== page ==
At the beginning of her second Netflix special, Douglas, Hannah Gadsby discusses her newfound success in America, which makes her wonder: If people are fans solely because of her previous special, Nanette, what exactly are they expecting from her? It’s a fitting question, given that her breakthrough piece, which examined her personal trauma, was dark and at times, incredibly uncomfortable to experience.
So, to make sure people understand what they’re getting themselves into, Gadsby offers to start off by providing a roadmap to the show, going so far to include (as an apparent nod toward the subject of the special) a helpful tip that, at one point, she will reveal that she has autism. But while roadmap is detailed and accurate, it’s also a distraction, expertly designed to keep the audience from understanding the true nature of what’s about to happen.
Once the show “officially” begins (15 minutes in!), Gadsby loops through material as varied as an awkward conversation at the dog park, to the casual everyday misogyny of the world, to an examination of topics about which she’s openly unreasonable (capped off by a brilliant, foreshadow-y run about everything wrong with the Teenage Mutant Ninja Turtles).
As she weaves her way through the set, much of it feels simultaneously connected (due to the roadmap) and disjointed (due to the shifts in topic). But it finally builds to Gadsby’s pre-spoiled reveal that she has autism — a moment that, in the hands of a different performer, would have served as the climax of the show, and provided the audience with a crescendo of emotion and a sudden sense of relief as the previous stories and jokes would suddenly make sense: of course, Gadsby is autistic, this explains everything!
Except that isn’t what happens, because she already told us she was autistic. And the reveal isn’t a reveal because that was never the point of the show.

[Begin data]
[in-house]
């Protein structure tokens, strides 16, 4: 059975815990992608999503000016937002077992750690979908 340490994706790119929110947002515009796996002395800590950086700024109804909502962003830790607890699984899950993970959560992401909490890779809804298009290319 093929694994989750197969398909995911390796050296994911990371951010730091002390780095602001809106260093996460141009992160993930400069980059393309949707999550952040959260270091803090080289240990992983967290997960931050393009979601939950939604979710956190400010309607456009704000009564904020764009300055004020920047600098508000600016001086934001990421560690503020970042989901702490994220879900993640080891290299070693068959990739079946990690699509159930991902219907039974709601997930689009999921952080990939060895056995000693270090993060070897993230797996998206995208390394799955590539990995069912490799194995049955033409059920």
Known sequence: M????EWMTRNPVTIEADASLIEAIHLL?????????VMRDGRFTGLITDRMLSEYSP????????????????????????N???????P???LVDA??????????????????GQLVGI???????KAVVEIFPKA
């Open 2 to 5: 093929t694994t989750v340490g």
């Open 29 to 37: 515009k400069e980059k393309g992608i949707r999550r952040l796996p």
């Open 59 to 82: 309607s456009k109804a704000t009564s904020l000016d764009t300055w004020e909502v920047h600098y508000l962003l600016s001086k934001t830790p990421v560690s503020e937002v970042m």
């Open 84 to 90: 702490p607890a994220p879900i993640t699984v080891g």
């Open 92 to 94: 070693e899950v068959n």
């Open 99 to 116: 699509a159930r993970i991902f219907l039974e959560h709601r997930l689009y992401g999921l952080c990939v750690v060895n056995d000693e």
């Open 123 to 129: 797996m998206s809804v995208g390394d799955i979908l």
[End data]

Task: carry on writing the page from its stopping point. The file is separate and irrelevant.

As Gadsby moves on, she begins to make sense of her life through this new understanding — the strange moments that never made sense to her that suddenly do, the misconceptions that people have about what it means for her to have autism. And then, finally, she lets us in on what the show really is about: not the fact that Gadsby has autism, but that the special is a way for her to share how she thinks and sees the world around her. And that’s when it clicks in.
Because with a grand flourish, Gadsby whips her way through a symphony of callbacks, projecting a series of Western art pieces and matching them to jokes she’s made throughout the special. But as she does so, Gadsby consistently highlights something just out of view, something that most of us likely would never notice. Yet when she points it out, Gadsby’s pairings of joke with art hit that perfect harmony of being surprising, yet inevitable.
Were the jokes inspired by the paintings? Or did she simply find art that fit her punchlines? Ultimately, it doesn’t matter, because putting the two together gives us the opportunity, for just a moment, to see the world the way that Hannah Gadsby does, and it’s strange and specific and beautiful.
It may seem natural to attempt to compare Douglas to Nanette; after all, Nanette broke through the noise and stood out amongst countless other comedy specials with its searing, brutal honesty. That her new special doesn’t seem to have had the same cultural impact since its release at the end of May should not be taken as an indictment of the material, as Douglas nonetheless is powerful and brilliant and funny on its own (all without the benefit of surprise) and serves as another excellent showcase for Gadsby’s talents. She may have been right to wonder what audiences who only knew her from Nanette would expect, but now, after Douglas, the answer with Gadsby’s future work will be simple: we can expect whatever she brings us next will make us think, make us laugh, and make us want more.
Header Image Source: Netflix